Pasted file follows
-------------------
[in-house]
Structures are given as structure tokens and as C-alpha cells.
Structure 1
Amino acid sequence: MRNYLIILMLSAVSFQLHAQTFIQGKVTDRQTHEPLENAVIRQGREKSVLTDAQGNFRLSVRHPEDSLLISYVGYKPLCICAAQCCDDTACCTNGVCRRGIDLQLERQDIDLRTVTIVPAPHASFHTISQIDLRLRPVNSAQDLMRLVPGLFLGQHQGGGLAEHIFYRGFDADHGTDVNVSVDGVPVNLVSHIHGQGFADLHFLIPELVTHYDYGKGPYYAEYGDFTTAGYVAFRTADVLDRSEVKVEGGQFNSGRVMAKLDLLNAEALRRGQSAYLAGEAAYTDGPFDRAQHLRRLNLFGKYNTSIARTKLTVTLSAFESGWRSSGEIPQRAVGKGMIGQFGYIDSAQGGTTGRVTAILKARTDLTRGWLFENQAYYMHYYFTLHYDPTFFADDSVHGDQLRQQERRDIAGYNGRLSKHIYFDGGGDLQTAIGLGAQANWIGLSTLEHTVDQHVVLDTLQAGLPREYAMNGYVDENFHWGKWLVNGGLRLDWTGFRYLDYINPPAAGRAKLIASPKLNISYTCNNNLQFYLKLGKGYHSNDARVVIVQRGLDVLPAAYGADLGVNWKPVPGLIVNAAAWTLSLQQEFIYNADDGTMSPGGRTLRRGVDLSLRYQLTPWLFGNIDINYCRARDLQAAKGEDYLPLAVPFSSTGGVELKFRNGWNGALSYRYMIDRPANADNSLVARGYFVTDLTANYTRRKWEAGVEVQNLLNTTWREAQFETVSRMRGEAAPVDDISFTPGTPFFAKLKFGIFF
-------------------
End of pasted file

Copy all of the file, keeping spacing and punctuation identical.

[in-house]
Structures are given as structure tokens and as C-alpha cells.
Structure 1
Amino acid sequence: MRNYLIILMLSAVSFQLHAQTFIQGKVTDRQTHEPLENAVIRQGREKSVLTDAQGNFRLSVRHPEDSLLISYVGYKPLCICAAQCCDDTACCTNGVCRRGIDLQLERQDIDLRTVTIVPAPHASFHTISQIDLRLRPVNSAQDLMRLVPGLFLGQHQGGGLAEHIFYRGFDADHGTDVNVSVDGVPVNLVSHIHGQGFADLHFLIPELVTHYDYGKGPYYAEYGDFTTAGYVAFRTADVLDRSEVKVEGGQFNSGRVMAKLDLLNAEALRRGQSAYLAGEAAYTDGPFDRAQHLRRLNLFGKYNTSIARTKLTVTLSAFESGWRSSGEIPQRAVGKGMIGQFGYIDSAQGGTTGRVTAILKARTDLTRGWLFENQAYYMHYYFTLHYDPTFFADDSVHGDQLRQQERRDIAGYNGRLSKHIYFDGGGDLQTAIGLGAQANWIGLSTLEHTVDQHVVLDTLQAGLPREYAMNGYVDENFHWGKWLVNGGLRLDWTGFRYLDYINPPAAGRAKLIASPKLNISYTCNNNLQFYLKLGKGYHSNDARVVIVQRGLDVLPAAYGADLGVNWKPVPGLIVNAAAWTLSLQQEFIYNADDGTMSPGGRTLRRGVDLSLRYQLTPWLFGNIDINYCRARDLQAAKGEDYLPLAVPFSSTGGVELKFRNGWNGALSYRYMIDRPANADNSLVARGYFVTDLTANYTRRKWEAGVEVQNLLNTTWREAQFETVSRMRGEAAPVDDISFTPGTPFFAKLKFGIFF